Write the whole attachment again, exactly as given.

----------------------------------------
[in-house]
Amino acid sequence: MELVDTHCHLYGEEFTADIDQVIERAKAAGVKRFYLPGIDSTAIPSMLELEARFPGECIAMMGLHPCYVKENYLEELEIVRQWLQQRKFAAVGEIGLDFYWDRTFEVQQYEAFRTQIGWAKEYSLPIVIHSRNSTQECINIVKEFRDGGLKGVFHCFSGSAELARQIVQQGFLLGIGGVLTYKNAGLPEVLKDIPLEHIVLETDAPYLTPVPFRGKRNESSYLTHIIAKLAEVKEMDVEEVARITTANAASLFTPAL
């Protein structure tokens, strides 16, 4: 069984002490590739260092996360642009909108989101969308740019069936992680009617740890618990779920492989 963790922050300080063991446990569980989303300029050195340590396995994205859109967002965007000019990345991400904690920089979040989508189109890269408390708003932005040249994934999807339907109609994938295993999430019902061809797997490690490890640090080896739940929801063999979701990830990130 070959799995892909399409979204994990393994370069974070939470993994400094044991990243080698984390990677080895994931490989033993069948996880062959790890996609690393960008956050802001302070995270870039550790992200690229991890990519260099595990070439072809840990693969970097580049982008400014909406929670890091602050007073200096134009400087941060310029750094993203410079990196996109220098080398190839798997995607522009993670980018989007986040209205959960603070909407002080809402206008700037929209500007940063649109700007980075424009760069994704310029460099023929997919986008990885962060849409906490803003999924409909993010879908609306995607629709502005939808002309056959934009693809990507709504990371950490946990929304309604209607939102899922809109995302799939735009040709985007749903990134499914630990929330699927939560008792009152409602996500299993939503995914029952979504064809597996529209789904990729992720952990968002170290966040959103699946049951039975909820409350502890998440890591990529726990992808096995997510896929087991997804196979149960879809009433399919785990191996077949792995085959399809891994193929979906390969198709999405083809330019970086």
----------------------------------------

[in-house]
Amino acid sequence: MELVDTHCHLYGEEFTADIDQVIERAKAAGVKRFYLPGIDSTAIPSMLELEARFPGECIAMMGLHPCYVKENYLEELEIVRQWLQQRKFAAVGEIGLDFYWDRTFEVQQYEAFRTQIGWAKEYSLPIVIHSRNSTQECINIVKEFRDGGLKGVFHCFSGSAELARQIVQQGFLLGIGGVLTYKNAGLPEVLKDIPLEHIVLETDAPYLTPVPFRGKRNESSYLTHIIAKLAEVKEMDVEEVARITTANAASLFTPAL
């Protein structure tokens, strides 16, 4: 069984002490590739260092996360642009909108989101969308740019069936992680009617740890618990779920492989 963790922050300080063991446990569980989303300029050195340590396995994205859109967002965007000019990345991400904690920089979040989508189109890269408390708003932005040249994934999807339907109609994938295993999430019902061809797997490690490890640090080896739940929801063999979701990830990130 070959799995892909399409979204994990393994370069974070939470993994400094044991990243080698984390990677080895994931490989033993069948996880062959790890996609690393960008956050802001302070995270870039550790992200690229991890990519260099595990070439072809840990693969970097580049982008400014909406929670890091602050007073200096134009400087941060310029750094993203410079990196996109220098080398190839798997995607522009993670980018989007986040209205959960603070909407002080809402206008700037929209500007940063649109700007980075424009760069994704310029460099023929997919986008990885962060849409906490803003999924409909993010879908609306995607629709502005939808002309056959934009693809990507709504990371950490946990929304309604209607939102899922809109995302799939735009040709985007749903990134499914630990929330699927939560008792009152409602996500299993939503995914029952979504064809597996529209789904990729992720952990968002170290966040959103699946049951039975909820409350502890998440890591990529726990992808096995997510896929087991997804196979149960879809009433399919785990191996077949792995085959399809891994193929979906390969198709999405083809330019970086």